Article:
November 5, 2023

JF3349: How to Anticipate and Deal with Surprise Vacancies | Bonus Operations ft. Slocomb Reed




Bonus Operations is a series hosted by apartment owner/operator and Best Ever Show host, Slocomb Reed. In each five- to ten-minute episode, Slocomb provides his top takes for executing your business plan and maintaining cash flow.

In this episode, Slocomb Reed discusses the crucial signs that property owners and real estate investors should be aware of during the due diligence period when acquiring new apartment buildings. Reed shares 12 red flags that may indicate tenants are likely to vacate soon after the transition in ownership or management. These flags include late rent payments, a lack of concern for property maintenance, sparse furniture in units, intentional damage, subletting without permission, vacant apartments listed on the rent roll, unauthorized pets, and more.

Reed also delves into the significance of non-English speaking tenants within migrant communities and how their relationships with landlords can impact occupancy.

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Slocomb Reed:
If tenants tell you that they're leaving informally outside of delivered written notice, which of course you're going to take seriously that they are considering moving on and project that those apartments are likely to become vacancies.

Welcome to the Best Ever Show, the world's longest running daily commercial real estate podcast. Our hosts interview commercial real estate experts every day to get you the best advice ever with none of the puffy stuff.

Slocomb Reed:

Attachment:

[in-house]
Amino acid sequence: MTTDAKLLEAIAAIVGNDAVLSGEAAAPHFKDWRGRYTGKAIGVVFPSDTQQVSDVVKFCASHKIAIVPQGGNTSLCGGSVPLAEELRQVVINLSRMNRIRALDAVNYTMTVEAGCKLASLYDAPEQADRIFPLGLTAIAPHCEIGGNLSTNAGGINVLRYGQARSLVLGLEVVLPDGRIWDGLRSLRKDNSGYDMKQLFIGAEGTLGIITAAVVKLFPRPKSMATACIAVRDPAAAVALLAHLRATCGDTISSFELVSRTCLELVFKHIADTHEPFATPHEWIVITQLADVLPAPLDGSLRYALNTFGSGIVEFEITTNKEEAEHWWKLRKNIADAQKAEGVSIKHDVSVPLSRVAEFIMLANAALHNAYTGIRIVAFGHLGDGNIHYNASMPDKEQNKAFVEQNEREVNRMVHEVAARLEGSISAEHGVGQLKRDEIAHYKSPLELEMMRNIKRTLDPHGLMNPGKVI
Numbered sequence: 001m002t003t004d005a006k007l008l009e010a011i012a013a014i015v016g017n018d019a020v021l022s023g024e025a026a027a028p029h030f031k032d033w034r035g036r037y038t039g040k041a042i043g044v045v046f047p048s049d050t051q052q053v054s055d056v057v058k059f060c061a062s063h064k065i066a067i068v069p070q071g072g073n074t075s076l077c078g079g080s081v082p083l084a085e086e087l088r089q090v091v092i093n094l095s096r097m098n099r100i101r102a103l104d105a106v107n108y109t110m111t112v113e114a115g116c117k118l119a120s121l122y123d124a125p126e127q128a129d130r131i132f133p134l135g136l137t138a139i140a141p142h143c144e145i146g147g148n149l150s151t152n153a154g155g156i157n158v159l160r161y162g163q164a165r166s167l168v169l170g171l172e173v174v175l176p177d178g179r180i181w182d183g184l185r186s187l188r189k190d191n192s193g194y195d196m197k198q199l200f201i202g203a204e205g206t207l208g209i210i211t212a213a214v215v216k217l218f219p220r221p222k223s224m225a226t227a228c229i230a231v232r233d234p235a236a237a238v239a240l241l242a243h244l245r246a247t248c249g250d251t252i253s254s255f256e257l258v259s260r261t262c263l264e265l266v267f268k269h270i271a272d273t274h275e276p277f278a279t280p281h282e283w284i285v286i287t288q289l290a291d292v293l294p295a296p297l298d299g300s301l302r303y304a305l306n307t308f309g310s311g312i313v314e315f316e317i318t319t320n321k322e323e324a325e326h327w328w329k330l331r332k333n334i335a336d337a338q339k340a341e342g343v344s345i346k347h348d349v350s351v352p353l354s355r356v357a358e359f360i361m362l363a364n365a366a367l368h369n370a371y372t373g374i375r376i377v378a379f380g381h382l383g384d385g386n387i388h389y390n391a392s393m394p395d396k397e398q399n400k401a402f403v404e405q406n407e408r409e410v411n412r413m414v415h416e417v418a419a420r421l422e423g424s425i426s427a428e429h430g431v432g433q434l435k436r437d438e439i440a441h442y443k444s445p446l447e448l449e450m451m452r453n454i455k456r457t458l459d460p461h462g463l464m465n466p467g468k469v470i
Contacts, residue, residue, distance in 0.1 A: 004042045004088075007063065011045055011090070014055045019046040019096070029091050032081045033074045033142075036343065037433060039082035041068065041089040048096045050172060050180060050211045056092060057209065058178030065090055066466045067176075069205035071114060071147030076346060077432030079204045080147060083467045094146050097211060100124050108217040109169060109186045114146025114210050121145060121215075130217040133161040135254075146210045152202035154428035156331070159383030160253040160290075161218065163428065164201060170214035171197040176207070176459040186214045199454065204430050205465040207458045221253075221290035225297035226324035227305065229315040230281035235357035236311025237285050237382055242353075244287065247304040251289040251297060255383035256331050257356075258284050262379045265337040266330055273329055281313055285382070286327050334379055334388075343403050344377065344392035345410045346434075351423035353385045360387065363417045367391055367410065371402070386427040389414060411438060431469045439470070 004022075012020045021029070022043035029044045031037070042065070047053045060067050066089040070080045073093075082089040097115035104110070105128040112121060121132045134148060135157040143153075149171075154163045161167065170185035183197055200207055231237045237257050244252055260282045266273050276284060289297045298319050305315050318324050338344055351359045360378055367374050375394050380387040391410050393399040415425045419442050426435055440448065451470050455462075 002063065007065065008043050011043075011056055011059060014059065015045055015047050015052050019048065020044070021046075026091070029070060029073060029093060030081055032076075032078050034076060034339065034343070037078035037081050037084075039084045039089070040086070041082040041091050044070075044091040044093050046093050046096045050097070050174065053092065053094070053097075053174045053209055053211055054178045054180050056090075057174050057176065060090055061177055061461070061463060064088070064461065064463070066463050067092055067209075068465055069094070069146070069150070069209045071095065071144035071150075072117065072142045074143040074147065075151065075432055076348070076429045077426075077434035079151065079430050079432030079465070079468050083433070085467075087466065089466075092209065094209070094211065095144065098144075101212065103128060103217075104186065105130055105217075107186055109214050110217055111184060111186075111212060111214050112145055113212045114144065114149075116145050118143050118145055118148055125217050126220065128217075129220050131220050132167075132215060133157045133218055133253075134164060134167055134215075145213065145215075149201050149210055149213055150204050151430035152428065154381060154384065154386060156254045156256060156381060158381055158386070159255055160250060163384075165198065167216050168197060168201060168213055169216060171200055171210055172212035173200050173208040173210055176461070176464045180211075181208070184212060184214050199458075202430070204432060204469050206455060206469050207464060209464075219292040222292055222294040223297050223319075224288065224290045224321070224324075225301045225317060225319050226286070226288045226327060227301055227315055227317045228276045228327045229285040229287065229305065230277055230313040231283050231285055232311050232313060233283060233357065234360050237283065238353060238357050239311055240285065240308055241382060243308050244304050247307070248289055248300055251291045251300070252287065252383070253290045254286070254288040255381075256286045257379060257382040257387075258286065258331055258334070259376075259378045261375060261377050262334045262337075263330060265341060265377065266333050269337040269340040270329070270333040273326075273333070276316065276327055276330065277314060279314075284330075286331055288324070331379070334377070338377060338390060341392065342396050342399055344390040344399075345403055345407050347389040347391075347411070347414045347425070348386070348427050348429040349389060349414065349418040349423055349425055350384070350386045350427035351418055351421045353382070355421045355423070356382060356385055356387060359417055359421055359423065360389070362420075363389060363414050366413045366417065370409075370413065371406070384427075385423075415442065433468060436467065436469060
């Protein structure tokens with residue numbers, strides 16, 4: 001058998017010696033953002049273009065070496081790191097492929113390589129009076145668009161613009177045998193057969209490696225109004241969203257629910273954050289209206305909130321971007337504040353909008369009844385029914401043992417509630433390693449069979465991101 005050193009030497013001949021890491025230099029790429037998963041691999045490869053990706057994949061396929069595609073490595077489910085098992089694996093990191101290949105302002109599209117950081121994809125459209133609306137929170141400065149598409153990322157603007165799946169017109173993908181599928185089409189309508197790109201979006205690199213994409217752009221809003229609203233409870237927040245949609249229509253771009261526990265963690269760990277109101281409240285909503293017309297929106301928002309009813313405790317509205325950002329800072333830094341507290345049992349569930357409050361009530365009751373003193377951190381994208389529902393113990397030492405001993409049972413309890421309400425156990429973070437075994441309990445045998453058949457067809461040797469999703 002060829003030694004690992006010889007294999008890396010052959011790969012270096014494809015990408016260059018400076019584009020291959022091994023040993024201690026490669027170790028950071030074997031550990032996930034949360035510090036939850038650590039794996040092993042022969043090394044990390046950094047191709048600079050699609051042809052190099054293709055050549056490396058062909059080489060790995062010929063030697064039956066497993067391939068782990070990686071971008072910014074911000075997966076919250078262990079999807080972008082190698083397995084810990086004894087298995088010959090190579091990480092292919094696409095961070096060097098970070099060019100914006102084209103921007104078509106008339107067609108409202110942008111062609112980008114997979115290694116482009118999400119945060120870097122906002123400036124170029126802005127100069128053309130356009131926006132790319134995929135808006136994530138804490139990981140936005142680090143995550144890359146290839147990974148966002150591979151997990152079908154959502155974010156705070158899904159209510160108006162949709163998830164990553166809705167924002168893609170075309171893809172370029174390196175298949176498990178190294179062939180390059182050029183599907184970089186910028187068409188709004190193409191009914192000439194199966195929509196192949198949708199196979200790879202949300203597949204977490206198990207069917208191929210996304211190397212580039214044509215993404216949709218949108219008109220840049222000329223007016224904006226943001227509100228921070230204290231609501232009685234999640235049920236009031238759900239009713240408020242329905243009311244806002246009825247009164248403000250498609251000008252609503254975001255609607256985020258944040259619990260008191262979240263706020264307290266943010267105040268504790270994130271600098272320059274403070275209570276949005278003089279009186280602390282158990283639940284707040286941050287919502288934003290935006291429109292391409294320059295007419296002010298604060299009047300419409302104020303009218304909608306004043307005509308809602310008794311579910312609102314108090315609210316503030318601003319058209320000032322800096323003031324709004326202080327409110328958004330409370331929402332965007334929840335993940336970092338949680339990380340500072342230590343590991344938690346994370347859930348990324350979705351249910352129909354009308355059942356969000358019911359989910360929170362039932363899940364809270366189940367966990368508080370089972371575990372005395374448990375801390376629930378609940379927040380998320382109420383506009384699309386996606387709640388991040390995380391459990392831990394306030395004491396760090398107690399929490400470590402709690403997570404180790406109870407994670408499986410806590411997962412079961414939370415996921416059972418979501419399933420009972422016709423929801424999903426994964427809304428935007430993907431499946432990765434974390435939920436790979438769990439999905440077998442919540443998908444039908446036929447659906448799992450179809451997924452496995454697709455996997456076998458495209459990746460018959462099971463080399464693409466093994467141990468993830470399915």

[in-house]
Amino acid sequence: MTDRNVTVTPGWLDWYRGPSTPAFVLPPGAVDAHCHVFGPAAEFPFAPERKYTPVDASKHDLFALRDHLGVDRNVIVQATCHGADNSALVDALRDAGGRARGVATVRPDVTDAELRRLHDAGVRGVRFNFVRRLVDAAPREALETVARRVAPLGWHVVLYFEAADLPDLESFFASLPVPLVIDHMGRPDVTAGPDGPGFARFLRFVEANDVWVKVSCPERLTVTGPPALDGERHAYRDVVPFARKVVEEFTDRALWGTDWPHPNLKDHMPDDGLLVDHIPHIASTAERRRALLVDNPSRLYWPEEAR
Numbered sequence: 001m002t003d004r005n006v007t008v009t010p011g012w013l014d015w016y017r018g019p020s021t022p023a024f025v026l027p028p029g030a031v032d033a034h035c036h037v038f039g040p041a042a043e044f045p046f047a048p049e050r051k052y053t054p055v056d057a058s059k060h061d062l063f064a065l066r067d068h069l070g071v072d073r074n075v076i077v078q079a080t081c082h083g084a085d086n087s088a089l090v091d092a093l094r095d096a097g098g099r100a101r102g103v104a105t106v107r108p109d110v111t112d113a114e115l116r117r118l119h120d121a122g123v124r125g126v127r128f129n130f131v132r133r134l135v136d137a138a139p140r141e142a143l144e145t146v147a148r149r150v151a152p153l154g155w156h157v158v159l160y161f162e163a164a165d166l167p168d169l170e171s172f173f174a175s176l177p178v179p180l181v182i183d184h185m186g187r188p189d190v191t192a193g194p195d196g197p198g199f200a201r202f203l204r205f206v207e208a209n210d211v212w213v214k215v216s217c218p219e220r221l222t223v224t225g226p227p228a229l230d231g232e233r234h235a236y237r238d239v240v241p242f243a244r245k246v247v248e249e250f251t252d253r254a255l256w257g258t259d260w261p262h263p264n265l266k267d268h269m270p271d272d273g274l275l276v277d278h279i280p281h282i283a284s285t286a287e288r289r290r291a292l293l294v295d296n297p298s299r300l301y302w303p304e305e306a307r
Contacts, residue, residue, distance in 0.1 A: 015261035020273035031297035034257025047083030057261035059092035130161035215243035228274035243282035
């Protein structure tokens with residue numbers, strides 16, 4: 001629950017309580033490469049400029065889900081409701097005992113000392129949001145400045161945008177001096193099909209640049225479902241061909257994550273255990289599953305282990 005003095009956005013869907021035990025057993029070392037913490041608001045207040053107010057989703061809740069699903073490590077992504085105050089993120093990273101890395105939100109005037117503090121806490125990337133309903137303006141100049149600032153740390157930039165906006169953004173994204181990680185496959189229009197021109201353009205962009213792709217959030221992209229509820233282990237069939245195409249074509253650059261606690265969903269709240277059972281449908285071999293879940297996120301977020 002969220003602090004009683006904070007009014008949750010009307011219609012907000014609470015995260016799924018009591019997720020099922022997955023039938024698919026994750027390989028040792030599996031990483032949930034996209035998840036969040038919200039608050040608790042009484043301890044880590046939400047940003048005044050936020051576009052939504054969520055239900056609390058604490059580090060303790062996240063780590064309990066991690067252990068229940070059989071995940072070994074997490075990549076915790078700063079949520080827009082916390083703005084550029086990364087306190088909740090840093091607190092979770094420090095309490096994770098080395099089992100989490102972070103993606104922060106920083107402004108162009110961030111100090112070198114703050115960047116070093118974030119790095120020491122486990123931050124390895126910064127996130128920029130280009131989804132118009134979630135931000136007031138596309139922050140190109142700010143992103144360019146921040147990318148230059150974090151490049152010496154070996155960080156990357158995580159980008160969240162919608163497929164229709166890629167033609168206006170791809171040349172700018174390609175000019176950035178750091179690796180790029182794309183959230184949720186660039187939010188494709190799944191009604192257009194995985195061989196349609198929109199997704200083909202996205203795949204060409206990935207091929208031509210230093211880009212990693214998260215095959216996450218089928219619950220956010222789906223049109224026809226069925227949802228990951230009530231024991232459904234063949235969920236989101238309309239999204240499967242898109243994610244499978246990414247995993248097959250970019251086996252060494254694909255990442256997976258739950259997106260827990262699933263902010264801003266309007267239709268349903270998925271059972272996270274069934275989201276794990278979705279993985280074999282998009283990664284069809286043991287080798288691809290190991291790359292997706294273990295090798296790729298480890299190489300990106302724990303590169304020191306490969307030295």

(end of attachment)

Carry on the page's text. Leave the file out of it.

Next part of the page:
Best Ever listeners, welcome to the Best Real Estate Investing Advice Ever Show. I'm Slocum Reed and today we are delivering a Best Ever Operations show. In these episodes, I give you our top tips and best ever advice on apartment operations to take into your own portfolio or to discuss with your property manager, in particular in this case, things you need to be thinking about during your due diligence period on a new acquisition. This is 12 red flags that tenants will disappear as soon as you take over.

These are red flags that you should be looking for during your due diligence period, which should of course include document review, rent roll leases, ledger balances, and also a walk through with your own eyeballs or someone in your team's eyeballs getting on every single apartment in every single common area and other space. Number one comes from the tenant ledger and it is either frequent late rent payments or current unpaid balances. Chances are you have a value-add business plan and those are things that you're not going to abide by. So you should be looking at those as tenants who are likely to vacate when the proper payment of on-time rents is going to be enforced. The next several red flags come from your walkthrough of the property and all of the units. Here are some things you should be looking for.

The vast majority of them I would not expect to come from a property inspectors inspection report because they're not necessarily about the physical condition of the property with regards to mechanical services and the structure of the buildings. It's more about tenant behavior and upcoming tenant behavior and indicators that these tenants are planning to leave soon. Red flag number two is a lack of concern for property maintenance.

If you can see that the current ownership, current management, and current tenant base are not taking care of the property, it is likely that they are not planning to live there very long. Most tenants in situations like that where maintenance concerns are going unresolved for a long time are in the process of finding someplace to live where they will feel more respected and have a home that is safer and more suitable for them.